Colorless diamonds are rare enough, but naturally occurring fancy colored diamonds are rarer still, which explains why they often command the highest prices at auction. Diamonds can come in all sorts of colors, from vivid blues to fiery oranges, but how do they get these spectacular colors in the first place?
Fancy colored diamonds ('fancy' denotes that the diamond acquired its color naturally, rather than being artificially treated) occur in nature for several reasons. Color refers to the natural body color of a diamond and not to the reflection of spectral colors that flash when a diamond moves. A colorless diamond is made of 100% carbon. When another natural trace element gets into the carbon chain, it can add a color. What's more, different elements can cause a diamond to take on different colors, creating an assortment of stunning fancy color diamonds! For instance, nitrogen causes yellow, brown and pink hues, while boron produces blue or blue-grey. Hydrogen can cause diamonds to become red, violet, blue or green.
Another way for the stones to acquire color is via unusually intense pressure or heat during the compression stage that gives birth to diamonds: this can lead to red, pink or purple diamonds. Naturally occurring radiation can also affect the color, making diamonds blues or green, mines in certain parts of the world have a greater chance of unearthing these.
All diamonds aim to come out as, pure 100% carbon and colorless as possible. But as they are being created under these extreme amounts of heat and pressure, plus sometimes natural trace elements get into the carbon chain and naturally occurring radiation can all add color and inclusions & blemishes into the mix. Hence, as diamonds are forming, they often at times interact with these things which causes the structure and the color of the stone to change.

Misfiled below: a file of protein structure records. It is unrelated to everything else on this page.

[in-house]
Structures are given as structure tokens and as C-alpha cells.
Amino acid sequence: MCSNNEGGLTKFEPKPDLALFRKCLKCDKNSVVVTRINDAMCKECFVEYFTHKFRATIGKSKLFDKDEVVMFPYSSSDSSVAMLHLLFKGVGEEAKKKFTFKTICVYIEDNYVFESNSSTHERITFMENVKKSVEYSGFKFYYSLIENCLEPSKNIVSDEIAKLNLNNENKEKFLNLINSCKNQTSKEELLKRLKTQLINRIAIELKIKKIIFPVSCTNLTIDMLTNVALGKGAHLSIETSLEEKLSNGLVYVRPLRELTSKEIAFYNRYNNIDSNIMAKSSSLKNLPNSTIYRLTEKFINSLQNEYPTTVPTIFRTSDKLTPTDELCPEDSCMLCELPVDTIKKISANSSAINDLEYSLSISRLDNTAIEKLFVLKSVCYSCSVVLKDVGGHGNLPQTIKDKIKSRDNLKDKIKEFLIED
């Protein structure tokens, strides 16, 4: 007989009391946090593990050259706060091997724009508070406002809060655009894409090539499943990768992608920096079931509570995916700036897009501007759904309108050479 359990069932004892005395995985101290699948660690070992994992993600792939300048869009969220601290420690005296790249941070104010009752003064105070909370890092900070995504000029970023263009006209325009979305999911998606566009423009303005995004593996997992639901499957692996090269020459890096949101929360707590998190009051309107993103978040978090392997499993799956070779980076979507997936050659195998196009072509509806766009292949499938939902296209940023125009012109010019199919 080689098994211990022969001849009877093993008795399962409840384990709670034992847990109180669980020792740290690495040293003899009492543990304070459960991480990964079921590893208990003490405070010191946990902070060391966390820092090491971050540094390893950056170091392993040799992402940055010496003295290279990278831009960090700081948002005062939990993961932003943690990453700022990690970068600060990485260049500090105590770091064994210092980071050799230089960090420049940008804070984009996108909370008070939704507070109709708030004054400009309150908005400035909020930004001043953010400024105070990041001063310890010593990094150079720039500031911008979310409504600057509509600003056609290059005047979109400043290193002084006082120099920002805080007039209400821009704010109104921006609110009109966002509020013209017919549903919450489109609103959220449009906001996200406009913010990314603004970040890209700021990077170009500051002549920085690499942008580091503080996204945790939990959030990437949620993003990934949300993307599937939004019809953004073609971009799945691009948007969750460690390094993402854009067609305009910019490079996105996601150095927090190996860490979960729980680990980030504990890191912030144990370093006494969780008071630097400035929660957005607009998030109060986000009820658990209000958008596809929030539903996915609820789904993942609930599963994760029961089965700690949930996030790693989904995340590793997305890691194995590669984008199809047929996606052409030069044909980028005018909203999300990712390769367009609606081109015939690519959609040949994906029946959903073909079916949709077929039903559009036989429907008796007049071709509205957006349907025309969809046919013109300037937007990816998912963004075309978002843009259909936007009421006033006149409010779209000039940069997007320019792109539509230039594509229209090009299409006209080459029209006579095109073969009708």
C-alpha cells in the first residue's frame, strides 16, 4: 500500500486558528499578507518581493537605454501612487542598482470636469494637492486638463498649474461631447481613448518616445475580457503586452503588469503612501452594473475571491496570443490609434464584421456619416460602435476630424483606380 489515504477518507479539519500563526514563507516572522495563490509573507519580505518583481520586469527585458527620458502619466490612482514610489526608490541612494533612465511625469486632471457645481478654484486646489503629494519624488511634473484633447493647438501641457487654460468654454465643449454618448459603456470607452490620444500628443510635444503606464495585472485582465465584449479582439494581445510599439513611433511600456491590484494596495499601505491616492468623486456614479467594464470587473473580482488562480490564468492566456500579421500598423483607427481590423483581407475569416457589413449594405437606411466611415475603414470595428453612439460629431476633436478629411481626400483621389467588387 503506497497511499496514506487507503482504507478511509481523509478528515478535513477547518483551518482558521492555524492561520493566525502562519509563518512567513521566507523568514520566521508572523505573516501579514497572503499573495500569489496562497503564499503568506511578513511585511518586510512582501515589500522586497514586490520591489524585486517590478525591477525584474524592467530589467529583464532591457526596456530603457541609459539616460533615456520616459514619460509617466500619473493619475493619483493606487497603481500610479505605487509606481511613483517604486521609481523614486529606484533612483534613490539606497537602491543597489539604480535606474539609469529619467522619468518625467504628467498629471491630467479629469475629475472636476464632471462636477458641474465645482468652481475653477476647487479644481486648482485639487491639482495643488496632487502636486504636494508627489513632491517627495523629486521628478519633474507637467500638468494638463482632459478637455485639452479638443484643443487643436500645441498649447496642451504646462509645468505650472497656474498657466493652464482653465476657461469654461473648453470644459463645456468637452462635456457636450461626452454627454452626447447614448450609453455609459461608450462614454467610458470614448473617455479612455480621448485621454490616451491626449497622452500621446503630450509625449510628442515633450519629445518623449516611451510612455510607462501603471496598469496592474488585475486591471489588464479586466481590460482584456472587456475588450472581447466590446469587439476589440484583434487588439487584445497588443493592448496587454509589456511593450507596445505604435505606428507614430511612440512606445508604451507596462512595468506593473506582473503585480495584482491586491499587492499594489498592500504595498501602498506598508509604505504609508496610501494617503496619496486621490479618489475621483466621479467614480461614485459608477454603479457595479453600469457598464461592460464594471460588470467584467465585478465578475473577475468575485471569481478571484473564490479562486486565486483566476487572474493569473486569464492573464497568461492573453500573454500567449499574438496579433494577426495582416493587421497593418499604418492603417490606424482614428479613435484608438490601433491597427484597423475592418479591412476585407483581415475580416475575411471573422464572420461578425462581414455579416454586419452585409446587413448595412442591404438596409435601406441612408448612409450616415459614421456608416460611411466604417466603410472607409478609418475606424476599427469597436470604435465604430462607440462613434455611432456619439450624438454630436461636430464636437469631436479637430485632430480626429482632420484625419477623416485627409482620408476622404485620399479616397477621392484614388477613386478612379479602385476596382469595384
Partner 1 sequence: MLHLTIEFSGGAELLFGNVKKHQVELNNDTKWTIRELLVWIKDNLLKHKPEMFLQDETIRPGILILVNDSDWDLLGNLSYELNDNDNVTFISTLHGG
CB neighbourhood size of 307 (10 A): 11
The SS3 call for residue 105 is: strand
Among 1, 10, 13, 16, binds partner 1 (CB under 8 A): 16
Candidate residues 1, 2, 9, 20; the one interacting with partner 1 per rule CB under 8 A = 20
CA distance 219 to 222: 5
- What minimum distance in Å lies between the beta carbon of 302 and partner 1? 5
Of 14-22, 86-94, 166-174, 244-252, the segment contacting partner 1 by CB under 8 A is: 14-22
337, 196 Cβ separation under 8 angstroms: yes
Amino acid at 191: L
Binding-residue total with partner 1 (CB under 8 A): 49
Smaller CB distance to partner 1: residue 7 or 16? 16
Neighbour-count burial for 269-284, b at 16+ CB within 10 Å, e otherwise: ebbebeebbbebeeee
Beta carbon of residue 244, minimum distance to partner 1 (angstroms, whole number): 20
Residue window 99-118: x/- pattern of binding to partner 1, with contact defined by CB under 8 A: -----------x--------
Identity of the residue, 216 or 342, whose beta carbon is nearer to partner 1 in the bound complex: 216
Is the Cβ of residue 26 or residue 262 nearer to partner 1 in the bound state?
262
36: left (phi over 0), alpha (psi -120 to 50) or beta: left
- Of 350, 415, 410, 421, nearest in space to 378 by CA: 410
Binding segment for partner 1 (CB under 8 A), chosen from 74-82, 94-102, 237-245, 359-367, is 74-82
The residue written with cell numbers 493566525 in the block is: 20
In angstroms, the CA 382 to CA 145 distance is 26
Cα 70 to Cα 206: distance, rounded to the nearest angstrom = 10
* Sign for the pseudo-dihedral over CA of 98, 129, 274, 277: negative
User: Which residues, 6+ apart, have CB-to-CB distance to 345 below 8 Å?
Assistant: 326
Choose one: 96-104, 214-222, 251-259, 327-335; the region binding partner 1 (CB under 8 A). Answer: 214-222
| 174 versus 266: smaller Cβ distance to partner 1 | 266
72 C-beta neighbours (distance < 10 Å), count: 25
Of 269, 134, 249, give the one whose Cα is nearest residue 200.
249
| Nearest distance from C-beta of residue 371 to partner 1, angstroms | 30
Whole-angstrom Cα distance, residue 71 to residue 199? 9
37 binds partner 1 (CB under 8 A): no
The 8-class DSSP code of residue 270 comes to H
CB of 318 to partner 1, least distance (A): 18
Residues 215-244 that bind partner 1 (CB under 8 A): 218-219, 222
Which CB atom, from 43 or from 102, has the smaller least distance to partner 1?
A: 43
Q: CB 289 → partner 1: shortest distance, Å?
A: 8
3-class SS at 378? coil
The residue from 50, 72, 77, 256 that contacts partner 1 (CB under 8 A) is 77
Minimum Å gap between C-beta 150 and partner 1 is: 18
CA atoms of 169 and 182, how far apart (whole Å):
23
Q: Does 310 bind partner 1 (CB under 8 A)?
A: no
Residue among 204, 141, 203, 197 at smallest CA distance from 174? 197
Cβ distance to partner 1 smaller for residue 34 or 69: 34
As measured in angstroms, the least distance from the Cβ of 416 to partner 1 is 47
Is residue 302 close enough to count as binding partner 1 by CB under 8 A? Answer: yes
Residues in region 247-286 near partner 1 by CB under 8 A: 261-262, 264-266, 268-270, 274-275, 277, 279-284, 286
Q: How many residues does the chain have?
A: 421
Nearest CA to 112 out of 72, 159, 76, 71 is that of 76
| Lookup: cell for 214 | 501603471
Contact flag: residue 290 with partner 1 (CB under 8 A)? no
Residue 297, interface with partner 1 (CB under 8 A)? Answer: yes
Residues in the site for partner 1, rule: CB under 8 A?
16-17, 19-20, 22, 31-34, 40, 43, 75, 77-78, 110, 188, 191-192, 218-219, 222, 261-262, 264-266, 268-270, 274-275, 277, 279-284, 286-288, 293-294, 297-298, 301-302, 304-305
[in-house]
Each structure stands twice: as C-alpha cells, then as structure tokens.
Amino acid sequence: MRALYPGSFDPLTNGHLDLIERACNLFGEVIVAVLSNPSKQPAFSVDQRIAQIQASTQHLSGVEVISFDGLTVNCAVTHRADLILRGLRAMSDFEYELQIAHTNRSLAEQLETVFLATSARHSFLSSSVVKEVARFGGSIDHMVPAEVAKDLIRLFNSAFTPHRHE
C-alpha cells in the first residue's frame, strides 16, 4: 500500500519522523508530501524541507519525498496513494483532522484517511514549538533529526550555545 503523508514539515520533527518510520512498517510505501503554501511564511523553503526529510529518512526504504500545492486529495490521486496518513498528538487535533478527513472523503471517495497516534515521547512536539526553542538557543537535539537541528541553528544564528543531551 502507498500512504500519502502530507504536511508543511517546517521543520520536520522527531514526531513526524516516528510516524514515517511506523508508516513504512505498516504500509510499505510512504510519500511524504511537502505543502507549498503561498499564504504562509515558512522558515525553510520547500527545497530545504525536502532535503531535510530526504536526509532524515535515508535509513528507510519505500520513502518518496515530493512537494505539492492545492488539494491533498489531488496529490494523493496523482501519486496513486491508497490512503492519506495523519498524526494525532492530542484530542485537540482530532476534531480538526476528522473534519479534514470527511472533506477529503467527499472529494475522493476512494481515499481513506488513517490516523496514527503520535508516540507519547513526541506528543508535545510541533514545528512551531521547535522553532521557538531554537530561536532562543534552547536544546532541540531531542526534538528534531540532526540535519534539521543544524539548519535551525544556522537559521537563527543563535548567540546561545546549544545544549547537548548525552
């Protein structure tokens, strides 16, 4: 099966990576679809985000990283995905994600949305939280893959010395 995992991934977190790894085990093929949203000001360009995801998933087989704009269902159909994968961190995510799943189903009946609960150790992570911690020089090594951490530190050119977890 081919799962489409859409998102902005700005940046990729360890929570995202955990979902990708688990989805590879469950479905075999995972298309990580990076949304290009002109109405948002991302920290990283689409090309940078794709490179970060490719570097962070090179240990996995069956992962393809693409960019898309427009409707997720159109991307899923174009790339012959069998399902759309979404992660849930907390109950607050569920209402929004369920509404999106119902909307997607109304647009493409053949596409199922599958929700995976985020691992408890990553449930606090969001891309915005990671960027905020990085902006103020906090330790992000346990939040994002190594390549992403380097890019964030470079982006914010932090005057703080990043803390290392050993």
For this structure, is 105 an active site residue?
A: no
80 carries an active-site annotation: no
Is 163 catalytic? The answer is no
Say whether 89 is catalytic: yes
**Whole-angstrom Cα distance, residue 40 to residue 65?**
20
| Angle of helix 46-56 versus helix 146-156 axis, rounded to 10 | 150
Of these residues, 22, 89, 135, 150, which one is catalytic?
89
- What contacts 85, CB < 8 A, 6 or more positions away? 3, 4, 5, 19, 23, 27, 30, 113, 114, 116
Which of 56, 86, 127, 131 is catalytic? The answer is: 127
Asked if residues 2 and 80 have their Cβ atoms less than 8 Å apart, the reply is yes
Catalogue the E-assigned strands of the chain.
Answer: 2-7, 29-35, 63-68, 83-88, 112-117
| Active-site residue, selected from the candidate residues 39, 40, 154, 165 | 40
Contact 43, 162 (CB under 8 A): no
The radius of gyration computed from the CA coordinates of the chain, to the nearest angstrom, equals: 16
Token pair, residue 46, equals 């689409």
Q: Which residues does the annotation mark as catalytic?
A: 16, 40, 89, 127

As mentioned, an absolutely perfect diamond would theoretically be a stone whose crystal structure is perfectly arranged with only carbon atoms. Only, diamonds of this quality are rarely ever found, if they even exist at all. Instead, diamonds are classified into four different types, according to the "impurities" within the structure of the stone. These impurities should not be looked at as a negative trait, but rather the cause that makes each diamond so incredibly unique. These impurities are nothing like imperfections in the stone and cannot be determined with the human eye, even under a microscopic view. The only way to identify the type a stone might be is through an infrared spectrometer that measures the atomic level in the crystal lattice.
According to the chemical build of the stone it will be classified as Type Ia, Type Ib, Type IIa, or Type IIb stone. Interestingly enough, one stone can actually be classified as more than one specific type of diamond, as is the case in most stones in the market today. Tests that are run on the stones in order to determine the type, are administered by organizations such as the GIA when a diamond is sent for certification.
Type I is the most common diamond class in nature. These stones contain the addition of Nitrogen atoms within the crystal structure of the stones.
The diamond class Type Ia is the compound element structure in most colorless stones. The addition of Nitrogen atoms in Type Ia diamonds is always in clusters that appear throughout the stone. Depending on how the clusters in the stone are broken down, the compounded elements can have an effect on the color of the diamond.
Type Ia diamonds are broken down into two sub-devided types: Type IaA and Type IaB:
Type IaA diamonds contain pairs of Nitrogen atoms known as A-aggregates. The color of the diamonds is not affected at all due to the fact that Type IaA stones absorb no visible light.